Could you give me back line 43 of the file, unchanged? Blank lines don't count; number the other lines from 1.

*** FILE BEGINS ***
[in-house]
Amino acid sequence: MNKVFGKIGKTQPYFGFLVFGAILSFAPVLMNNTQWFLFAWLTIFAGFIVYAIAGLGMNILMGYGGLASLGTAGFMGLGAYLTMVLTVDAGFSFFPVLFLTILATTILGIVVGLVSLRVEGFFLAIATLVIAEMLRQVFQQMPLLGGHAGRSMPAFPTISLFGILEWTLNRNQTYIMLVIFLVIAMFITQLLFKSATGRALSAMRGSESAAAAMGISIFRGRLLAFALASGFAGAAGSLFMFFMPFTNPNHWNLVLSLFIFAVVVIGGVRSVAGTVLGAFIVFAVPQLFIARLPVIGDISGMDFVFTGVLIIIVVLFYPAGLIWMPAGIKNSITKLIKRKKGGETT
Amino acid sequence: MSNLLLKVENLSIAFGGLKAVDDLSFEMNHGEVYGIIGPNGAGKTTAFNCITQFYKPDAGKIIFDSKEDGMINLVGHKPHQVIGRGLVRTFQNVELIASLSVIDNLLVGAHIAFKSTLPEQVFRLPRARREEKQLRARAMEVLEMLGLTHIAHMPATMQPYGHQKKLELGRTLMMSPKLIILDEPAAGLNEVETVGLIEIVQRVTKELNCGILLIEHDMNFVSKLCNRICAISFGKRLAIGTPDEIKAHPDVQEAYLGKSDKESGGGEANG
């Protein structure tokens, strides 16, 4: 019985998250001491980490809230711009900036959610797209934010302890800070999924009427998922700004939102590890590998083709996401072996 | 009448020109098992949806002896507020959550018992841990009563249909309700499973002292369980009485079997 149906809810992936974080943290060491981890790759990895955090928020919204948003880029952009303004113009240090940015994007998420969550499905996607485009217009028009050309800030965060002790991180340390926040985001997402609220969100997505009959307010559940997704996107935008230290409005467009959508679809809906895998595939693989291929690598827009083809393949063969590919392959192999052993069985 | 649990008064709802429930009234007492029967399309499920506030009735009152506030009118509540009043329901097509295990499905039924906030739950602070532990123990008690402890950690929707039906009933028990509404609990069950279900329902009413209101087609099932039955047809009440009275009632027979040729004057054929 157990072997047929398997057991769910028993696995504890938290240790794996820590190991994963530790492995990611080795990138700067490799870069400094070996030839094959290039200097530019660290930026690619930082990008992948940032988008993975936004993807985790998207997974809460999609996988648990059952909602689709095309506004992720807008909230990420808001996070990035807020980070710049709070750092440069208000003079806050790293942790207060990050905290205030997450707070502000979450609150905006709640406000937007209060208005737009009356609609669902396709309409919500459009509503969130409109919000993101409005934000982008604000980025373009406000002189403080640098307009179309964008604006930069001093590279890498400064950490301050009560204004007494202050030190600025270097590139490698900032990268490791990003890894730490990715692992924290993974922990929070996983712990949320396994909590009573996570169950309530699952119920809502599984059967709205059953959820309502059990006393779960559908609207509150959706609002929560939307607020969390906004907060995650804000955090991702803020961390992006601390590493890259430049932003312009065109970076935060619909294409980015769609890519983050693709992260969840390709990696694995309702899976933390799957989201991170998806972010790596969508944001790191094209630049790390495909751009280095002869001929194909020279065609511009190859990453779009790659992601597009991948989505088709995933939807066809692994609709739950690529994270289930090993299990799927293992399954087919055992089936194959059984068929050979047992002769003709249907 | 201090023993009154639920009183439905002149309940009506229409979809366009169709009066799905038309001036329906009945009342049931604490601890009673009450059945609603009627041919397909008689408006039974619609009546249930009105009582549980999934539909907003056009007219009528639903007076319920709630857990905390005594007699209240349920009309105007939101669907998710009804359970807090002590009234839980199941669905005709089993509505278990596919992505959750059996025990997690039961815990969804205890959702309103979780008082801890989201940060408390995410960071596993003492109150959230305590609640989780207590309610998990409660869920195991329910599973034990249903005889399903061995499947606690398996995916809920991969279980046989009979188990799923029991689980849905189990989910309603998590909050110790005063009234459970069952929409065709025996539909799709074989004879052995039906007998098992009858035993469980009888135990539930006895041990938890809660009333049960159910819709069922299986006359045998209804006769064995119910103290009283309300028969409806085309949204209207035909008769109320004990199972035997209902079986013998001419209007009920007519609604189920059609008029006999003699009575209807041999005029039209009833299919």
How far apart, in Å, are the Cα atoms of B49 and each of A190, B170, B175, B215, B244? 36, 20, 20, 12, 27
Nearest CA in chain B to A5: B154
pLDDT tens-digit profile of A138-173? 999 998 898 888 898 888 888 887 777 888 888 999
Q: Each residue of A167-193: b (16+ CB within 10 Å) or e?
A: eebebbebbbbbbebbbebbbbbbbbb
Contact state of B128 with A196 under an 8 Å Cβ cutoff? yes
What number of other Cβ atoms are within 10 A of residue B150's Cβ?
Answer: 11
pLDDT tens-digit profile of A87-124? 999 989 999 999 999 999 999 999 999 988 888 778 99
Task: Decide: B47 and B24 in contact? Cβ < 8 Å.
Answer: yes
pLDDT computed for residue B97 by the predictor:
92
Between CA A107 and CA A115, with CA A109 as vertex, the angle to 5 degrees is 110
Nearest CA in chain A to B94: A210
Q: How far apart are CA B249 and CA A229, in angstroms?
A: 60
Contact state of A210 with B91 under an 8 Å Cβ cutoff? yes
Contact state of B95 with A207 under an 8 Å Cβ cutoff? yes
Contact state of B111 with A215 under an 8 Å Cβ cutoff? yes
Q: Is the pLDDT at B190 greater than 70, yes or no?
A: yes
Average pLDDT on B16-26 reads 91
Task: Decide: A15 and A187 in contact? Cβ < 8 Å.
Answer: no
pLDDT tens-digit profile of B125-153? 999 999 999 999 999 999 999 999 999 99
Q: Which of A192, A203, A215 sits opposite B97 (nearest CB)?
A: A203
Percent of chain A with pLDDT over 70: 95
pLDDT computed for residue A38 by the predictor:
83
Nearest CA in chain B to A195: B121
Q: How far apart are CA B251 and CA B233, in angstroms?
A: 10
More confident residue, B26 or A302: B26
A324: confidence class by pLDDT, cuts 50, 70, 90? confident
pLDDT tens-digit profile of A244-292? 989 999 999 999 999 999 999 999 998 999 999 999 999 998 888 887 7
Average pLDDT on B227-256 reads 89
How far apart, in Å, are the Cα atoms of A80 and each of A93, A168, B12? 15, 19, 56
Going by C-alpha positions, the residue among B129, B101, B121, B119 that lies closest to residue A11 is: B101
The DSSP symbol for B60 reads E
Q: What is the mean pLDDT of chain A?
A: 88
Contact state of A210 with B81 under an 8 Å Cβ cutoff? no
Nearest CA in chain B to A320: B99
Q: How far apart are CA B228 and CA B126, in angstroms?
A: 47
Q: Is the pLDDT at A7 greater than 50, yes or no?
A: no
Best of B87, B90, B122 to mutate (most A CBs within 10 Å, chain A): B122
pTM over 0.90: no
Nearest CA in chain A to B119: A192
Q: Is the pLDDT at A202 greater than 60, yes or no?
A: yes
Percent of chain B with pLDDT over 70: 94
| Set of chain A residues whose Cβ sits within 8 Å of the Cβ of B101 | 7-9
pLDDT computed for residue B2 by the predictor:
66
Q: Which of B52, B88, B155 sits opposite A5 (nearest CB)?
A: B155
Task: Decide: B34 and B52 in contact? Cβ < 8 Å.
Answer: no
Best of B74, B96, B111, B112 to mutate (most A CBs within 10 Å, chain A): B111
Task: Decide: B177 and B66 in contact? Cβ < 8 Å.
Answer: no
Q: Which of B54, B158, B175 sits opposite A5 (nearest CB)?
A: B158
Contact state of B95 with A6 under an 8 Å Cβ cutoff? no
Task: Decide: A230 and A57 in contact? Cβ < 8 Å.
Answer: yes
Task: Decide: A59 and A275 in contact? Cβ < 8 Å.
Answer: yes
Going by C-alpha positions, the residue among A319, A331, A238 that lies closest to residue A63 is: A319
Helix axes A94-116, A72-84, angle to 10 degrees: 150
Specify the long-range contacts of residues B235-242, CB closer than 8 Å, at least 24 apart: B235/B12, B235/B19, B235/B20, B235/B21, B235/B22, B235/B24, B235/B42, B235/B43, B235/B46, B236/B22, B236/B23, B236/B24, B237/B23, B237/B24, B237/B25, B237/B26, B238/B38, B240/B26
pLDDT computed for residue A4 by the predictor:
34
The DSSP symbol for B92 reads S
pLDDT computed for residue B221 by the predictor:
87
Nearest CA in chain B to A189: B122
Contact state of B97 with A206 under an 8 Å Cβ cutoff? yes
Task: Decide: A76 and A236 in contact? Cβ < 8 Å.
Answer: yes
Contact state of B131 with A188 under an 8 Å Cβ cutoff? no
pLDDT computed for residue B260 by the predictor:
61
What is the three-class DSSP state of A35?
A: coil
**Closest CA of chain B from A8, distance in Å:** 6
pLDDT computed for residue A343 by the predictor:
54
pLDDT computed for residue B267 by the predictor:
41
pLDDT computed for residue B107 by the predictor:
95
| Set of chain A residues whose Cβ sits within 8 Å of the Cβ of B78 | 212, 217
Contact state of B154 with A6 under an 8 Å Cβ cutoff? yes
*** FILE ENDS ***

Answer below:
How far apart, in Å, are the Cα atoms of A80 and each of A93, A168, B12? 15, 19, 56